Management of stable angina
Adult: Apply 1 patch (releasing 2.5-20 mg/24 hrs) onto chest, upper arms, thigh, abdomen or shoulder. Replace with a new patch each 24 hrs and rotate sites of application with each new patch. Max: 20 mg daily.
Transdermal preparation
Prophylaxis of extravasation secondary to venous cannulation & phlebitis
Adult: Apply one 5 mg patch distal to IV site, replace patch at a different skin site either daily or after 3-4 days depending on patch; continue for as long as IV infusion is maintained.

Topical/Cutaneous preparation
Management of stable angina
Adult: As 2% ointment: Apply 0.5-2 inches (to chest, arm, thigh or back) 3-4 times daily or each 3-4 hrs, if necessary. 
Rectal preparation
Pain due to chronic anal fissure
Adult: As a 0.4% ointment: Apply 1.5 mg intra anally 12 hourly for up to 8 weeks.

Incompatibility: Alteplase, levofloxacin. Hydralazine, phenytoin.

Overdose Symptoms include decreased cardiac output and hypotension, vasodilatation, venous pooling. There may be also throbbing headache, confusion and moderate fever; vertigo; palpitation;nausea, vomiting; syncope; air hunger and dyspnoea, increased intracranial pressure, visual disturbance.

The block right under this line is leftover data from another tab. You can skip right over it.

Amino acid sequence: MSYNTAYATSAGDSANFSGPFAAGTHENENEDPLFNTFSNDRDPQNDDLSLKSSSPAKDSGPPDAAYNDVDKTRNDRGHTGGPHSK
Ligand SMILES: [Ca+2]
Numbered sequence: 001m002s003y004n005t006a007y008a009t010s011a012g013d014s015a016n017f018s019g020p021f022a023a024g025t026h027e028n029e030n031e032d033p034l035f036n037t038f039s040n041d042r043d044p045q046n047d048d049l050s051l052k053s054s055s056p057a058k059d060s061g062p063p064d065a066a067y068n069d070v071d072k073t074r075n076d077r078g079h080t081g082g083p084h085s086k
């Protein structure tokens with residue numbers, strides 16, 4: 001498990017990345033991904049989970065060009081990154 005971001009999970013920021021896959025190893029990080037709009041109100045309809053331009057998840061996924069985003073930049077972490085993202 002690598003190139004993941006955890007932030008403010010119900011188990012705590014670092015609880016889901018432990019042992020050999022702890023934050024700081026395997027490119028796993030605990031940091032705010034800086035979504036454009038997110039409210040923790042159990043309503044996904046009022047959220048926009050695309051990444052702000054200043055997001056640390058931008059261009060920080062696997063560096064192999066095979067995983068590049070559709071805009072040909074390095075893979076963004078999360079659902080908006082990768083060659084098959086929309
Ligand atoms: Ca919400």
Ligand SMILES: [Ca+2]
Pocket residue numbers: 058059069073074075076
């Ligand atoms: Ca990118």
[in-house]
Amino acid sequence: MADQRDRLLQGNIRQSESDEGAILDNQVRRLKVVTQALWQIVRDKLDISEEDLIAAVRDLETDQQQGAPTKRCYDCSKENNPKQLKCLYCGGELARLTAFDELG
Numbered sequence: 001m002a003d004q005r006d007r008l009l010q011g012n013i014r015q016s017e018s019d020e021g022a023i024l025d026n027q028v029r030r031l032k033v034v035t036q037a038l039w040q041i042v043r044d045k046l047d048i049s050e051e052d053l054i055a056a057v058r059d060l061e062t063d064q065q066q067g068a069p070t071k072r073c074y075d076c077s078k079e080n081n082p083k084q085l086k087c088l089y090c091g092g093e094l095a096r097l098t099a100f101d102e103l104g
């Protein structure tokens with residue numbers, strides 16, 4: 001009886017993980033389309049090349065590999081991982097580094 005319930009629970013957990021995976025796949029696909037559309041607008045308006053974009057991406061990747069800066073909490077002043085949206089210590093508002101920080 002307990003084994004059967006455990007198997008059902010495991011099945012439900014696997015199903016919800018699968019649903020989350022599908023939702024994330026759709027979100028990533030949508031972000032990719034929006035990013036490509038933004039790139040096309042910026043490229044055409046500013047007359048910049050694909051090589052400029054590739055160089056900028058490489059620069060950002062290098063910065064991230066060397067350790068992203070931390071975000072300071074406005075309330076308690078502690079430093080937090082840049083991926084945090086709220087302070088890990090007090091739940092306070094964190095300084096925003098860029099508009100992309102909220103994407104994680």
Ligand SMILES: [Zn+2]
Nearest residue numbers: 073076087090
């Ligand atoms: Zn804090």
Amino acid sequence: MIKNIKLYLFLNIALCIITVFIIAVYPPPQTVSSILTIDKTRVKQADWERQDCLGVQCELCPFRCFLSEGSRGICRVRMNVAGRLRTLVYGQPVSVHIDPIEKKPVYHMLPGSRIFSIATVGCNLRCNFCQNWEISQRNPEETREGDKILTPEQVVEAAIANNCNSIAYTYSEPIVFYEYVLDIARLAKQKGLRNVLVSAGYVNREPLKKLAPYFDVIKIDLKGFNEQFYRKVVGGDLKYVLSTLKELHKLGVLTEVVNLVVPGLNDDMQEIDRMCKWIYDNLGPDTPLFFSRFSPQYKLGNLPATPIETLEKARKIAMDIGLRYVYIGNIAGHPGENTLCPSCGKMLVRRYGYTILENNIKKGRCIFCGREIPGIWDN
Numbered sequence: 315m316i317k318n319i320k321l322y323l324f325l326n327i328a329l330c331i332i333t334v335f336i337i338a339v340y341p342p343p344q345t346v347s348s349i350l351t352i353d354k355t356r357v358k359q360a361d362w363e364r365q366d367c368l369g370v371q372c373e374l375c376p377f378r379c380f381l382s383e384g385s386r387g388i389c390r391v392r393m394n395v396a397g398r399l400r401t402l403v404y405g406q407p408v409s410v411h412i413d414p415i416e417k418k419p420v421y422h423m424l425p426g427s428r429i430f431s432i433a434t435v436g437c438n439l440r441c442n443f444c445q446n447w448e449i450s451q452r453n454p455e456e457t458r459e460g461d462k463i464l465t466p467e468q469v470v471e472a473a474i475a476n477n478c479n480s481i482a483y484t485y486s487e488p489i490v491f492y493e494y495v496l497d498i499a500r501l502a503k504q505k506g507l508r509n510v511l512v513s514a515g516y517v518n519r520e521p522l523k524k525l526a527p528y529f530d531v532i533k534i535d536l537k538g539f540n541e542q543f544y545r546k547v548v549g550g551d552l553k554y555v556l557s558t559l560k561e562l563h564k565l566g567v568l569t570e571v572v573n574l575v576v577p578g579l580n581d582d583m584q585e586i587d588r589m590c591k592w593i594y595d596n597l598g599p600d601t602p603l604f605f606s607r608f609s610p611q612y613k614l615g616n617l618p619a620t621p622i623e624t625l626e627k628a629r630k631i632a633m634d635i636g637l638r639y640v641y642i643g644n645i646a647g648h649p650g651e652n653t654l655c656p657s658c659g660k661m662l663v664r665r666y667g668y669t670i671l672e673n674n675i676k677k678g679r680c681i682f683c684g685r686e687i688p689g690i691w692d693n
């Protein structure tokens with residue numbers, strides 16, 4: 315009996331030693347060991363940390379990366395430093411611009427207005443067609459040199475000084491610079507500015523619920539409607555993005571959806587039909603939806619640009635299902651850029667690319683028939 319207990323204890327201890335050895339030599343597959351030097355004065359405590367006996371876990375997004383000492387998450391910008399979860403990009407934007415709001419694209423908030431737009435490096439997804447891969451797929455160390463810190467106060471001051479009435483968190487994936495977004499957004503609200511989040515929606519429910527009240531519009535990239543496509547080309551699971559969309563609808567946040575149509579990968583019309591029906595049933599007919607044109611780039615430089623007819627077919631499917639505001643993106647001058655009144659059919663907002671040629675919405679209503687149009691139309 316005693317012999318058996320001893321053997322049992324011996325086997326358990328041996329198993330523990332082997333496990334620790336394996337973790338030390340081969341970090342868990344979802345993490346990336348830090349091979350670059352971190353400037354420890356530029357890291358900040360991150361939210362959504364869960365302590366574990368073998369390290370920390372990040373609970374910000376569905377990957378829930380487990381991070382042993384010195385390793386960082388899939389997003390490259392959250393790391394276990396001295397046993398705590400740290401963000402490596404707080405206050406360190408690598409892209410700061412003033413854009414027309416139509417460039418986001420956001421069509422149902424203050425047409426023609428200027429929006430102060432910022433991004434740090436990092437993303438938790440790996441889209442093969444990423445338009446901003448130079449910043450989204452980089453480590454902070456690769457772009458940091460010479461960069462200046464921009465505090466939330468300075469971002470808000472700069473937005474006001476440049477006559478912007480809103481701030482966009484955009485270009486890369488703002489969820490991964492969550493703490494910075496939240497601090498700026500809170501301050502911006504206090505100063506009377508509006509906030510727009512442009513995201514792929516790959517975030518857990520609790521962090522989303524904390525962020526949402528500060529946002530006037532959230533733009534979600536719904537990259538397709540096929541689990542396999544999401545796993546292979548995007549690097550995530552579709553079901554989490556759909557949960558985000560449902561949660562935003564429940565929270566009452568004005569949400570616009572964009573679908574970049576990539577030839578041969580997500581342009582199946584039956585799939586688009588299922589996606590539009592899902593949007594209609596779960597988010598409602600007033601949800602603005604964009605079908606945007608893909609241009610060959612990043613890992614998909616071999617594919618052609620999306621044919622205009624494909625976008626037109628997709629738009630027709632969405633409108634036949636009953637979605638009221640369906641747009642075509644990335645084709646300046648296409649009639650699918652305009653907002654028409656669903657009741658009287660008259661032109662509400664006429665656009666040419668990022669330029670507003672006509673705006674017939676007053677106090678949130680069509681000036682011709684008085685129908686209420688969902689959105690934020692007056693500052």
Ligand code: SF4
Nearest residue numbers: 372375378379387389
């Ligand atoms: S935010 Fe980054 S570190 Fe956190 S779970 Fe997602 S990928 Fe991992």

Contraindications Concomitant use with phosphodiesterase type 5 inhibitor. Hypersensitivity. Heart failure, marked anaemia, severe hypotension, hypertrophic obstructive cardiomyopathy, cerebral haemorrhage or head trauma, low cardiac output secondary to hypovolaemia, inferior MI with right ventricular involvement, raised intracranial pressure.
Special Precautions
  • Marked hepatic/renal impairment, malnutrition, hypothermia, hypothyroidism.
  • CV disease, lung disease or cor-pulmonale.
  • Pregnancy, lactation, glaucoma, mitral valve prolapse, cardiac tamponade, syncope.

Gradual withdrawal in patients who have received prolonged high dose infusions. Avoid prolonged excessive hypotension. Nitrate-free interval is recommended in patients on continuous treatment with nitrates to decreaserisk of tolerance.

Adverse Drug Reaction(s)

Tachycardia, throbbing headache and tolerance, facial flushing & dizziness. Vomiting, restlessness, hypotension, syncope, rarely cyanosis and methaemoglobinaemia, impaired respiration, bradycardia may result from large doses.

IV admininstration: IV preparation contains substantial quantities of alcohol and alcohol intoxication can occur.